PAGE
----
Gordon Campbell | Parliament TV | Parliament Today | Video | Questions Of the Day | Search

 


Food Bill changes to better protect public

Hon Nikki Kaye
Minister for Food Safety

4 February 2014

Food Bill changes to better protect public

Food Safety Minister Nikki Kaye says her proposed changes to the Food Bill will provide greater protection for the public during food safety incidents.

“Today I have written to the Chair of the Primary Production Select Committee asking the select committee to consider changes to recall provisions, following the findings of the Government Inquiry into the Whey Protein Concentrate Contamination Incident,” Ms Kaye says.

The Bill is currently before the select committee.

“The Inquiry recommended that the mandatory recall provisions in food legislation should be aligned*,” Ms Kaye says. “This is about making sure government has consistent powers to take precautionary steps where there are doubts about the safety or suitability of food.

“In nearly all cases, industry recalls food voluntarily if there is any doubt about safety.

“The reality is that the power to direct a food recall is rarely used, but it is essential to have the option to protect both consumers and the integrity of our food safety system.

“The Government accepted all 29 recommendations of the Inquiry and while the Food Bill is up for consideration it is appropriate to take the necessary steps to strengthen our food safety system.

“We have two pieces of legislation that are not aligned. The Animal Products Act (1999) sets a different threshold for mandatory recall than the current Food Act (1981). It makes sense that we should tidy up this discrepancy now so that all food recalls can be dealt with consistently across all food industries.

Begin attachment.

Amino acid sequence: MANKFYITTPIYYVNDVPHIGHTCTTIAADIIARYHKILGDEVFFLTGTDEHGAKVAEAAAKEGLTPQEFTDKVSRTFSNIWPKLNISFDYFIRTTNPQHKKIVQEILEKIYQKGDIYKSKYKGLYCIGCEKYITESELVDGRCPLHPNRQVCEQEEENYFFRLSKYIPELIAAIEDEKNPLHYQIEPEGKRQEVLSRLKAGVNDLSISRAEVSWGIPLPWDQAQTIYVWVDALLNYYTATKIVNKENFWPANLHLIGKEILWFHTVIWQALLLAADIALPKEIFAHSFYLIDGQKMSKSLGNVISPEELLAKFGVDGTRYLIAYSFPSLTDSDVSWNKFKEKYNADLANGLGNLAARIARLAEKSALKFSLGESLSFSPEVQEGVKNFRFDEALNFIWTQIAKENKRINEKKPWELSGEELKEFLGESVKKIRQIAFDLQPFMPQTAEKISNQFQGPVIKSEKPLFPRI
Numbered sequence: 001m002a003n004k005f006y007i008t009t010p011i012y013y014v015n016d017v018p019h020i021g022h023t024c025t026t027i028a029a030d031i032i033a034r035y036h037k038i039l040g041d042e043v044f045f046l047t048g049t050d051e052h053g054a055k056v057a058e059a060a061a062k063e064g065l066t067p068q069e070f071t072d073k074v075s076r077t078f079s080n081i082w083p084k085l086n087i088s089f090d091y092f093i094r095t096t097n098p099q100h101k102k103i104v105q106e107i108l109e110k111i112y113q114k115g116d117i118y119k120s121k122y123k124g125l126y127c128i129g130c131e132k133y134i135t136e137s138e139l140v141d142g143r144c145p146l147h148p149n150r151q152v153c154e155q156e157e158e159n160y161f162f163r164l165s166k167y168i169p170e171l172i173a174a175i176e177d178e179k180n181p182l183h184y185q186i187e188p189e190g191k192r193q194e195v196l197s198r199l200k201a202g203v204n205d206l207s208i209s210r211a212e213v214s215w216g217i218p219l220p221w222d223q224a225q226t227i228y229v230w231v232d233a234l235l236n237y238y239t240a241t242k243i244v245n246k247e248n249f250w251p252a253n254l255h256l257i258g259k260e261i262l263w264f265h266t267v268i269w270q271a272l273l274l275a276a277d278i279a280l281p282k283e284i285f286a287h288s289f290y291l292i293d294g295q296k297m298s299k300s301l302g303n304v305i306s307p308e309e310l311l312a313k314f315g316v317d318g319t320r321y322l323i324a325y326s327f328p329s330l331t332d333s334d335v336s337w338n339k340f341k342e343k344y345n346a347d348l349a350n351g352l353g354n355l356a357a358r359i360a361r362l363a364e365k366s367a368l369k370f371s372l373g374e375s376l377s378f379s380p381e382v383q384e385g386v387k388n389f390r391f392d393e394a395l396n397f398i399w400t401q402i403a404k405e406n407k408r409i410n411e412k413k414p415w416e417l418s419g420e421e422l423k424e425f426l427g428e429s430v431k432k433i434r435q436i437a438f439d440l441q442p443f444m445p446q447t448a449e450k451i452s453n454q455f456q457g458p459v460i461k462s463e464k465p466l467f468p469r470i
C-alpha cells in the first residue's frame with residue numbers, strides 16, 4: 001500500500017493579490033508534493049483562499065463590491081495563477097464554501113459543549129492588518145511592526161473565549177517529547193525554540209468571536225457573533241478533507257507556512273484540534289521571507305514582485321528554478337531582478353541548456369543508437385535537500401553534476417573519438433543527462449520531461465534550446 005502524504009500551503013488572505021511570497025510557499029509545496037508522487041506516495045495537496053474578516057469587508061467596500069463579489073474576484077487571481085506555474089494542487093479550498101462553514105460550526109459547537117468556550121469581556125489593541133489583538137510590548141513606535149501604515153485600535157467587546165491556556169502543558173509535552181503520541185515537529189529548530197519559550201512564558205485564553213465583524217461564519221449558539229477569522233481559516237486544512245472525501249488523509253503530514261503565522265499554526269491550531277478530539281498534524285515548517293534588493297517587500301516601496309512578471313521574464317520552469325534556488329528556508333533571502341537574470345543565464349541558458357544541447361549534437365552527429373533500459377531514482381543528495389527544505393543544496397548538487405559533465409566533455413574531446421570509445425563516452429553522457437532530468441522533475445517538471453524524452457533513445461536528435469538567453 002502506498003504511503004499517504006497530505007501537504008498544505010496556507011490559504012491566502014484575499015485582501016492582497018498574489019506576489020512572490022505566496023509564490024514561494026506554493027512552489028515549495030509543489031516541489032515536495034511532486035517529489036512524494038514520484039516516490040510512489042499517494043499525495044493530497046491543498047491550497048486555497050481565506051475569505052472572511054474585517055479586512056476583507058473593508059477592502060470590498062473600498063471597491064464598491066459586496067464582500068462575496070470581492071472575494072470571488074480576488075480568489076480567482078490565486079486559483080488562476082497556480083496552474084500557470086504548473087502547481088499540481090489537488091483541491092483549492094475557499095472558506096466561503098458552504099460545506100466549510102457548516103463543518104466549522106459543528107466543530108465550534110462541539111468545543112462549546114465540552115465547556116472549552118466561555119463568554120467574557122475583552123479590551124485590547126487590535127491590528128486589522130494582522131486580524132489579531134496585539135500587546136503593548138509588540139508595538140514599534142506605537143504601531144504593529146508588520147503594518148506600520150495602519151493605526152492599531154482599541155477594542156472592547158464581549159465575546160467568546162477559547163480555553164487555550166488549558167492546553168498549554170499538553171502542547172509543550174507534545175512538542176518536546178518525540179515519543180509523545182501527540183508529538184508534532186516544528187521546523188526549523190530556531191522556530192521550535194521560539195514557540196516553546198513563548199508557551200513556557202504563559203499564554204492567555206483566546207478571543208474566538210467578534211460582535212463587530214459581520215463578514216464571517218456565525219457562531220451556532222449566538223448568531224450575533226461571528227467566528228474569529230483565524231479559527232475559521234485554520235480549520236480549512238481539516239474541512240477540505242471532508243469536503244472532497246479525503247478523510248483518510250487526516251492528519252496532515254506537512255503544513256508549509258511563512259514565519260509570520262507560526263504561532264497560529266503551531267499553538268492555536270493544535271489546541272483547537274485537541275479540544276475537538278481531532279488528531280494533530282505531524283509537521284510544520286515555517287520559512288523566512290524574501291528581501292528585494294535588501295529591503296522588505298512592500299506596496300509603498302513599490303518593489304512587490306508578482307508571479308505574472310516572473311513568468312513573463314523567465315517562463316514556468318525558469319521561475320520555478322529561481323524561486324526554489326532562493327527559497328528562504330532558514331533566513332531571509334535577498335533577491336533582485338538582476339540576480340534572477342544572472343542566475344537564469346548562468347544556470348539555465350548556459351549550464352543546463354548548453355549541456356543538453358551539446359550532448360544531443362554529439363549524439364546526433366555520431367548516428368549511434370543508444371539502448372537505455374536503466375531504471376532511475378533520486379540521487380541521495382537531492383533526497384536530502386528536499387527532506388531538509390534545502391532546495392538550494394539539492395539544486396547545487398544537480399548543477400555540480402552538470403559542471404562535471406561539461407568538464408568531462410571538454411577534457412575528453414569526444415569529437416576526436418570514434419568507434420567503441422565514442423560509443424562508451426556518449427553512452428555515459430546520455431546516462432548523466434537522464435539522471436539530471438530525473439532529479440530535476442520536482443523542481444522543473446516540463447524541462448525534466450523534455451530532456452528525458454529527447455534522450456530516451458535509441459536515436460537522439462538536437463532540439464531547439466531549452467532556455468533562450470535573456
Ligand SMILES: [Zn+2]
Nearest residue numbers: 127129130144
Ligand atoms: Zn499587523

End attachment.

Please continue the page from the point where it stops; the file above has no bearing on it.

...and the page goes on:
“I have also proposed that these recall provisions and other important powers that would assist in managing a food safety response are available as soon as the Food Bill is enacted, rather than waiting until the rest of the Bill comes into force in 2015.

“I believe it is important for the select committee process to allow for careful consideration of these proposals.

“We need a responsive and consistent food safety system that is trusted both at home and internationally.

“The Food Bill is a major priority for me and I feel strongly that it should pass as soon as possible this year. The current Food Act has been in place since 1981 and it is important we modernise our food legislation to match the way we now buy, produce and sell food,” Ms Kaye says.

Media contact: Josie Vidal 027 560 0885 & 04 817 8344

*NB: the Government Inquiry into the Whey Protein Concentrate Contamination Incident recommended that:

Recall provisions should be revised, in particular:
• Mandatory recall provisions in food legislation should be aligned
• Voluntary recall obligations should be set out in regulations rather than in risk management programmes
• Regulations should require industry to simulate recalls, audited by verifiers
• Circumstances in which privileged statements can be made should be clarified.

The full list of recommendations and the Government’s response can be found here: http://www.beehive.govt.nz/sites/all/files/GovtresponsetableWPC.pdf

ENDS

© Scoop Media

 
 
 
 
 
Parliament Headlines | Politics Headlines | Regional Headlines

Anzac Issue Out Now: Werewolf 47

Alison McCulloch: Lest We Remember

Local iwi have plans to spruce up the Te Ranga site as part of the 150th commemorations this year of key battles in the “New Zealand Wars”, but not a lot of money to do it with.